Growth Hacks: What’s Your Growth Maturity Level?

Growth Hacks: What’s Your Growth Maturity Level?

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What’s Your Growth Maturity Level?

via ResearchGate

No, this is not a BuzzFeed listicle but.. as theory always differs from practice — it’s important to distinguish some of the aspects and challenges growth teams face when they get out of the library into the field.

While the concept, the framework, or the methodology itself never really changes, the implementation of a growth strategy and process at a company comes with collaterals that cross the team border, depend on higher-ups incentives, hang on company-wide understanding, and is contingent on others’ interactions. So let’s shed some light on what happens and what you should do to climb the stairs.

What’s your growth maturity?

Before we get started, it’s important to highlight that your company maturity doesn’t singularly depend on how experienced are the professionals in your team, as much as it relies on company culture.

Level 1 – At this stage, you are probably running 1 test a month or every 2 months. There isn’t a person 100% dedicated to growth, but some members of the company are running experiments when they have the time and reporting to the leader of that area. There’s no strategy yet, no approved budget and no documentation.

Level 2 – At this stage, you are likely running 1–2 tests a month. There’s one person who’s partially responsible for growth and partially responsible for something else — so they allocate part of their time to run experiments, part to focus on OKRs. At this stage, there’s a draft of a strategy but not built with company-wide participation and the tests are documented, but not the process nor the learnings.

Level 3 – At this stage, you are likely running 3–4 tests a month. There’s one person 100% dedicated to growth. To run tests, this person consumes outsourced resources and/or from other departments. There’s an approved strategy, normally together with one or other departments — usually marketing/sales or product. Documentation starts to take place, and correlations between actions and learnings start to pop up.

Level 4 – At this stage, you are likely running 5–10 tests a month. There are some people exclusively focused on growth. The leader is reporting to the CTO/CPO/CMO. There’s a mapped strategy with clear KPIs. The strategy is built together with key stakeholders in the company and runs across the entire customer journey — not only on acquisition. Process, tests, and learnings are well documented and serve as insights for new approaches.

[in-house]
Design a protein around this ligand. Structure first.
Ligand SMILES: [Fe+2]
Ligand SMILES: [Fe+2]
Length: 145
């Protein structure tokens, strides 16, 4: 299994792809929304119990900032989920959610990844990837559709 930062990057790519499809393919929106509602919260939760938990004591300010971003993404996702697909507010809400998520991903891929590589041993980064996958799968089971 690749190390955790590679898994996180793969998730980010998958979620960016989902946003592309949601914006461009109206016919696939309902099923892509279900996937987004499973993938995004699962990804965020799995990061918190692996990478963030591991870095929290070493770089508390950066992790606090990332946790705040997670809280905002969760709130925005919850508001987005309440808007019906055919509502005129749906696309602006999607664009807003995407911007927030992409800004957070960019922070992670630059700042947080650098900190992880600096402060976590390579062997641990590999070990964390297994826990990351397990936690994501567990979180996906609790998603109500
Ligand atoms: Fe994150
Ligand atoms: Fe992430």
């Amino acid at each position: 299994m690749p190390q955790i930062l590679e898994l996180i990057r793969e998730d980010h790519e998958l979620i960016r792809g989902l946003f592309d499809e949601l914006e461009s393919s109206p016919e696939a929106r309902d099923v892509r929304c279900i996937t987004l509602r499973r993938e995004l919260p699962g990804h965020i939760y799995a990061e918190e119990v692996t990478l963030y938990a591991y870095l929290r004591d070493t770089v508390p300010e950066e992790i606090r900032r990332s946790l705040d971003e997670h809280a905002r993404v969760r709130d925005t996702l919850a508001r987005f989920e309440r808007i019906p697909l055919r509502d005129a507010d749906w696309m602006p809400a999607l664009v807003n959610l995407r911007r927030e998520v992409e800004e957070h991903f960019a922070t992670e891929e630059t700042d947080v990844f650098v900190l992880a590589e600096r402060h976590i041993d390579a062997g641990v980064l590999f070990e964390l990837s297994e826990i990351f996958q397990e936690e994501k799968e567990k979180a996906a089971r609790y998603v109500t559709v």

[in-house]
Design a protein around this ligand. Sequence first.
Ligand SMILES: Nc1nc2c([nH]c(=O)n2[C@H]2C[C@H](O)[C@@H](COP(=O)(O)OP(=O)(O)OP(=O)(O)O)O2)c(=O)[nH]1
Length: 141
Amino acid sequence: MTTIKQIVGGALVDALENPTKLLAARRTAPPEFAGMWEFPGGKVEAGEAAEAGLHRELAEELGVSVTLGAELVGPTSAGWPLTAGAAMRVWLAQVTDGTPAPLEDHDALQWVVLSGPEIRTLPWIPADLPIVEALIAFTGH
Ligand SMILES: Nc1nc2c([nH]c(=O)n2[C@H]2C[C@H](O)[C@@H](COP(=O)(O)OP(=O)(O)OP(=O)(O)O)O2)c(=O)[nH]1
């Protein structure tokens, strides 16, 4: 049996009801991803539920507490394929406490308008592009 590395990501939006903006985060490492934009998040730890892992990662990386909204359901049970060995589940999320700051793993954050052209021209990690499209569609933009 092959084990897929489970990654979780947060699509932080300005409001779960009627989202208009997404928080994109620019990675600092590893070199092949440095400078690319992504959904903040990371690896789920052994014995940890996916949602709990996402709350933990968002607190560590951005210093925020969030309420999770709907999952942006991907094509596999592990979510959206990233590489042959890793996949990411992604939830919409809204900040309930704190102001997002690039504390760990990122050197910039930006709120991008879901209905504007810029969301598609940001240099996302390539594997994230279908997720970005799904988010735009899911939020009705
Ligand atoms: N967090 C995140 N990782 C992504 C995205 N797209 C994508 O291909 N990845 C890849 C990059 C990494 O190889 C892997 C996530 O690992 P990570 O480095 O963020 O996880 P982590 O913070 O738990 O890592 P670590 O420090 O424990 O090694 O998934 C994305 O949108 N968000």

Level 5 – At this stage, you are likely running +10 tests a month. There’s a whole team exclusively focused on growth and also a VP of growth sitting at the C-level and reporting directly to the CEO. Higher-ups build strategies together and the rest of the company participates in idea suggestion and/or execution — documentation is well distributed across the company and others outside of the growth team also participate.

Oh, also: as ingenius and skillful as your growth team can be, it always comes down to their efficiency level, on other words, how many strategy-integrated tests can you effectively run?

What can be done to elevate your growth maturity?

The disclaimer here is that there’s no one-size-fits-it-all model, but there are some characteristics we constantly find among the most successful growth implementation programs that you can both replicate (but most importantly, avoid making the same mistakes).

Level 1 -> Level 2: as opposed to aiming for more resources, optimize for understanding and participation. Pick objectives that won’t consume much time or money or people and that everyone in the company knows should be addressed. Here, you want to gain support — incentivize people to suggest growth ideas, explain there are no downsides, and promote your wins as much as possible.
Objective sample: “Can I increase the conversion rate of this LP?”

Level 2 -> Level 3: focus on getting objective suggestions from each department leader in the company. Ideally, something across the entire customer journey. Ask what’s that one thing the sales/marketing/product/finance/customer-service leader would love to try but for some reason was never able to. Here you should also look at your stack — after all, what was the last successful ongoing department of your company that was using post-its and spreadsheets?
Objective sample: “Can I improve upsell in x% for this niche cohort of users?”

Level 3 -> Level 4: at this stage, growth has found its place inside the company, it’s official. You should be helping other leaders make better decisions through your validations. Some of your initiatives should become institutionalized processes with their own dedicated team. Caution: you will be receiving a lot of ideas from every direction — while you should be thankful for them, focus on executing the ones that are directly connected with the objective you previously defined — don’t start shooting everywhere.
Objective Sample: “Can I validate this new acquisition channel? Can I try this new pricing model?”

Level 4 -> Level 5: your objectives here should be optimized for impact and your results should be taken into consideration by the CEO and board. High-risk kind of objectives that requires a lot of market-knowledge, future-planning, and board expectations.
“Should we launch a new freemium model? Should we enter a new market? Should we acquire this new company?”

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What’s Your Growth Maturity Level? was originally published in Growth Hackers on Medium, where people are continuing the conversation by highlighting and responding to this story.

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